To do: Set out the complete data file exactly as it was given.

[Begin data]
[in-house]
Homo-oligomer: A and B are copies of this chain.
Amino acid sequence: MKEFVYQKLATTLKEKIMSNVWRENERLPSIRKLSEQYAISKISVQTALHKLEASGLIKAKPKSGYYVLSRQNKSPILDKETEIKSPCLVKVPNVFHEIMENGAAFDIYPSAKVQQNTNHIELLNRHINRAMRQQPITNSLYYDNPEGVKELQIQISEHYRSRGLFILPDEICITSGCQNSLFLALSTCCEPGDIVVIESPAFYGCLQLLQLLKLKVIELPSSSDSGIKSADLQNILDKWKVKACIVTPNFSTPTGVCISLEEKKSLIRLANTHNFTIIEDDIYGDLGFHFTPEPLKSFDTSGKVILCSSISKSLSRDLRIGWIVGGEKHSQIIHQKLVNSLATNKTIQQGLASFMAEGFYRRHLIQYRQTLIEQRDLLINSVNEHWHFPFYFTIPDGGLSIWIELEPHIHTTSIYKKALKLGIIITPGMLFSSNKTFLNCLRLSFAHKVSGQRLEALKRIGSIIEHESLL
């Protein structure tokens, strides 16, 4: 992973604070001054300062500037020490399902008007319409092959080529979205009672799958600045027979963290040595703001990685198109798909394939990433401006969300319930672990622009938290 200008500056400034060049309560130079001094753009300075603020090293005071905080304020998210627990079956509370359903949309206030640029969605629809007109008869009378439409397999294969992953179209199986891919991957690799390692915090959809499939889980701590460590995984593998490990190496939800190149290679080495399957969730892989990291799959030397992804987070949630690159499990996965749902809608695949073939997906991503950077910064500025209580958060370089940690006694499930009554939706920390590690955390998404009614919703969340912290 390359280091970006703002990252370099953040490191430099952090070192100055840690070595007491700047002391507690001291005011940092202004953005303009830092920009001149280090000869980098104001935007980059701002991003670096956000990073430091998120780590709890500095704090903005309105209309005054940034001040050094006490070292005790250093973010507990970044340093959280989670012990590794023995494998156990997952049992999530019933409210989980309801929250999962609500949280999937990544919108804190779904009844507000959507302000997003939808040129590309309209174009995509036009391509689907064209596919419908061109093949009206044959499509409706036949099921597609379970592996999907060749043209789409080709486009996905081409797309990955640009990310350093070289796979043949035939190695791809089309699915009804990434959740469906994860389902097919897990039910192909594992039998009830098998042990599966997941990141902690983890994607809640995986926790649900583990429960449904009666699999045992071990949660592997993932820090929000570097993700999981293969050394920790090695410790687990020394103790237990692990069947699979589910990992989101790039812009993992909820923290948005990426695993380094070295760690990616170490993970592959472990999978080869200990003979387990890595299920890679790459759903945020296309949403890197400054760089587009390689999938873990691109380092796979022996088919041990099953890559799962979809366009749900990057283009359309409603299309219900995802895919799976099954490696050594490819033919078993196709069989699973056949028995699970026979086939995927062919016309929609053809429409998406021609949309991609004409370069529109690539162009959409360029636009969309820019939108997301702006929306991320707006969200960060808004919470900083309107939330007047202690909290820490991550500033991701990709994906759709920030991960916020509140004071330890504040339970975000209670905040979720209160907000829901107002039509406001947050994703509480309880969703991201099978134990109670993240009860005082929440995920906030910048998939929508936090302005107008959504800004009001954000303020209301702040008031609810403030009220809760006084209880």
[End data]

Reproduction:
[in-house]
Homo-oligomer: A and B are copies of this chain.
Amino acid sequence: MKEFVYQKLATTLKEKIMSNVWRENERLPSIRKLSEQYAISKISVQTALHKLEASGLIKAKPKSGYYVLSRQNKSPILDKETEIKSPCLVKVPNVFHEIMENGAAFDIYPSAKVQQNTNHIELLNRHINRAMRQQPITNSLYYDNPEGVKELQIQISEHYRSRGLFILPDEICITSGCQNSLFLALSTCCEPGDIVVIESPAFYGCLQLLQLLKLKVIELPSSSDSGIKSADLQNILDKWKVKACIVTPNFSTPTGVCISLEEKKSLIRLANTHNFTIIEDDIYGDLGFHFTPEPLKSFDTSGKVILCSSISKSLSRDLRIGWIVGGEKHSQIIHQKLVNSLATNKTIQQGLASFMAEGFYRRHLIQYRQTLIEQRDLLINSVNEHWHFPFYFTIPDGGLSIWIELEPHIHTTSIYKKALKLGIIITPGMLFSSNKTFLNCLRLSFAHKVSGQRLEALKRIGSIIEHESLL
């Protein structure tokens, strides 16, 4: 992973604070001054300062500037020490399902008007319409092959080529979205009672799958600045027979963290040595703001990685198109798909394939990433401006969300319930672990622009938290 200008500056400034060049309560130079001094753009300075603020090293005071905080304020998210627990079956509370359903949309206030640029969605629809007109008869009378439409397999294969992953179209199986891919991957690799390692915090959809499939889980701590460590995984593998490990190496939800190149290679080495399957969730892989990291799959030397992804987070949630690159499990996965749902809608695949073939997906991503950077910064500025209580958060370089940690006694499930009554939706920390590690955390998404009614919703969340912290 390359280091970006703002990252370099953040490191430099952090070192100055840690070595007491700047002391507690001291005011940092202004953005303009830092920009001149280090000869980098104001935007980059701002991003670096956000990073430091998120780590709890500095704090903005309105209309005054940034001040050094006490070292005790250093973010507990970044340093959280989670012990590794023995494998156990997952049992999530019933409210989980309801929250999962609500949280999937990544919108804190779904009844507000959507302000997003939808040129590309309209174009995509036009391509689907064209596919419908061109093949009206044959499509409706036949099921597609379970592996999907060749043209789409080709486009996905081409797309990955640009990310350093070289796979043949035939190695791809089309699915009804990434959740469906994860389902097919897990039910192909594992039998009830098998042990599966997941990141902690983890994607809640995986926790649900583990429960449904009666699999045992071990949660592997993932820090929000570097993700999981293969050394920790090695410790687990020394103790237990692990069947699979589910990992989101790039812009993992909820923290948005990426695993380094070295760690990616170490993970592959472990999978080869200990003979387990890595299920890679790459759903945020296309949403890197400054760089587009390689999938873990691109380092796979022996088919041990099953890559799962979809366009749900990057283009359309409603299309219900995802895919799976099954490696050594490819033919078993196709069989699973056949028995699970026979086939995927062919016309929609053809429409998406021609949309991609004409370069529109690539162009959409360029636009969309820019939108997301702006929306991320707006969200960060808004919470900083309107939330007047202690909290820490991550500033991701990709994906759709920030991960916020509140004071330890504040339970975000209670905040979720209160907000829901107002039509406001947050994703509480309880969703991201099978134990109670993240009860005082929440995920906030910048998939929508936090302005107008959504800004009001954000303020209301702040008031609810403030009220809760006084209880």